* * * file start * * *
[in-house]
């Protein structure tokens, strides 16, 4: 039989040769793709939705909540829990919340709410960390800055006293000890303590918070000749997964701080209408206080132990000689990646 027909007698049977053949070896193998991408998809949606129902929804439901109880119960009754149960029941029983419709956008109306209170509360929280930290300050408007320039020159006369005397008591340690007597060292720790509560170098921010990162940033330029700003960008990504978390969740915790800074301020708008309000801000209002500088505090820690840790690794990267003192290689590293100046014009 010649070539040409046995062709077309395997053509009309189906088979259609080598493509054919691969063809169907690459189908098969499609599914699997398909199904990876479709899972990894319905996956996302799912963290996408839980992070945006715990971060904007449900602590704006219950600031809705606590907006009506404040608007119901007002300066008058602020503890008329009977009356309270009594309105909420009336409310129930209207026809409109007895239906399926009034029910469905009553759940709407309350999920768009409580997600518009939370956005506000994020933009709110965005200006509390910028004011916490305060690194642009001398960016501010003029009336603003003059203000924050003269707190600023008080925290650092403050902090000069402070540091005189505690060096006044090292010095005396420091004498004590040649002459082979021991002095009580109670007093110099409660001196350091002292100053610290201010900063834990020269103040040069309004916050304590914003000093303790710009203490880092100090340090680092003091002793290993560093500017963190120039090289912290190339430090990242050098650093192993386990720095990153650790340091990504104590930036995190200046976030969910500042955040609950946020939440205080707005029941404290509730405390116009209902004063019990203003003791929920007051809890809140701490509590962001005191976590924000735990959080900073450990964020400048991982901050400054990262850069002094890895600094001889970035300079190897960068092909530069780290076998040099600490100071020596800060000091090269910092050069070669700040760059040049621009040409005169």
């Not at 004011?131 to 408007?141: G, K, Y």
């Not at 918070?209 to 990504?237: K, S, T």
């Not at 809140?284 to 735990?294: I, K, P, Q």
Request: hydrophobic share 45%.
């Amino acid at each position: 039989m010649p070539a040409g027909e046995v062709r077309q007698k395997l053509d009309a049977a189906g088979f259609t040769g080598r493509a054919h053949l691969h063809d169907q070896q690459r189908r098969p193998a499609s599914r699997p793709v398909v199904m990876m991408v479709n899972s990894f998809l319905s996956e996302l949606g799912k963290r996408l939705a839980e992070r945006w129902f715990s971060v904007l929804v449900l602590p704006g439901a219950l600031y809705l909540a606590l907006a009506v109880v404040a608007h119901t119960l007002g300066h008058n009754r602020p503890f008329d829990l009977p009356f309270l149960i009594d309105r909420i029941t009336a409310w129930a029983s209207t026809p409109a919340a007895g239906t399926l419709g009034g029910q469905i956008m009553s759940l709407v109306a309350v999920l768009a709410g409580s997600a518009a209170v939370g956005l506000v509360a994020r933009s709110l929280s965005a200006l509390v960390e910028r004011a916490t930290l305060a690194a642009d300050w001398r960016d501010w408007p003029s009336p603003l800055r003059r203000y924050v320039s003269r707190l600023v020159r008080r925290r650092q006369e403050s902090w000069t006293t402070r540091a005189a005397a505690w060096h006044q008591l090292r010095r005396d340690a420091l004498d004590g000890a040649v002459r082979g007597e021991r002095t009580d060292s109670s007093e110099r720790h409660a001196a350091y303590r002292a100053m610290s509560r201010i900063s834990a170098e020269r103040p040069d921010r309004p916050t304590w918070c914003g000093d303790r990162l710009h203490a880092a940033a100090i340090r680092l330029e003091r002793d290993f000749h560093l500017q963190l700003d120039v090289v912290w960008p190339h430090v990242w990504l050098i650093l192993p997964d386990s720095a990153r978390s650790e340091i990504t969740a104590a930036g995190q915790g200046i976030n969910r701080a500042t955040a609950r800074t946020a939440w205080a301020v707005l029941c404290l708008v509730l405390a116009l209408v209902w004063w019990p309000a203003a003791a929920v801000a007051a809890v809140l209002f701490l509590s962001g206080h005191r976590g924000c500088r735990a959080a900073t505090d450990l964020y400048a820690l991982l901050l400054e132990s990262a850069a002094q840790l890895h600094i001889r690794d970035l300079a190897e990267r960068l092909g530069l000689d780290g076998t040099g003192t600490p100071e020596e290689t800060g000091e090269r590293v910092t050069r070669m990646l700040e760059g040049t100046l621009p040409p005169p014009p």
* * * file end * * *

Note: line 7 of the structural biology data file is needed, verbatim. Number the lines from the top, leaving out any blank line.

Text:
């Amino acid at each position: 039989m010649p070539a040409g027909e046995v062709r077309q007698k395997l053509d009309a049977a189906g088979f259609t040769g080598r493509a054919h053949l691969h063809d169907q070896q690459r189908r098969p193998a499609s599914r699997p793709v398909v199904m990876m991408v479709n899972s990894f998809l319905s996956e996302l949606g799912k963290r996408l939705a839980e992070r945006w129902f715990s971060v904007l929804v449900l602590p704006g439901a219950l600031y809705l909540a606590l907006a009506v109880v404040a608007h119901t119960l007002g300066h008058n009754r602020p503890f008329d829990l009977p009356f309270l149960i009594d309105r909420i029941t009336a409310w129930a029983s209207t026809p409109a919340a007895g239906t399926l419709g009034g029910q469905i956008m009553s759940l709407v109306a309350v999920l768009a709410g409580s997600a518009a209170v939370g956005l506000v509360a994020r933009s709110l929280s965005a200006l509390v960390e910028r004011a916490t930290l305060a690194a642009d300050w001398r960016d501010w408007p003029s009336p603003l800055r003059r203000y924050v320039s003269r707190l600023v020159r008080r925290r650092q006369e403050s902090w000069t006293t402070r540091a005189a005397a505690w060096h006044q008591l090292r010095r005396d340690a420091l004498d004590g000890a040649v002459r082979g007597e021991r002095t009580d060292s109670s007093e110099r720790h409660a001196a350091y303590r002292a100053m610290s509560r201010i900063s834990a170098e020269r103040p040069d921010r309004p916050t304590w918070c914003g000093d303790r990162l710009h203490a880092a940033a100090i340090r680092l330029e003091r002793d290993f000749h560093l500017q963190l700003d120039v090289v912290w960008p190339h430090v990242w990504l050098i650093l192993p997964d386990s720095a990153r978390s650790e340091i990504t969740a104590a930036g995190q915790g200046i976030n969910r701080a500042t955040a609950r800074t946020a939440w205080a301020v707005l029941c404290l708008v509730l405390a116009l209408v209902w004063w019990p309000a203003a003791a929920v801000a007051a809890v809140l209002f701490l509590s962001g206080h005191r976590g924000c500088r735990a959080a900073t505090d450990l964020y400048a820690l991982l901050l400054e132990s990262a850069a002094q840790l890895h600094i001889r690794d970035l300079a190897e990267r960068l092909g530069l000689d780290g076998t040099g003192t600490p100071e020596e290689t800060g000091e090269r590293v910092t050069r070669m990646l700040e760059g040049t100046l621009p040409p005169p014009p």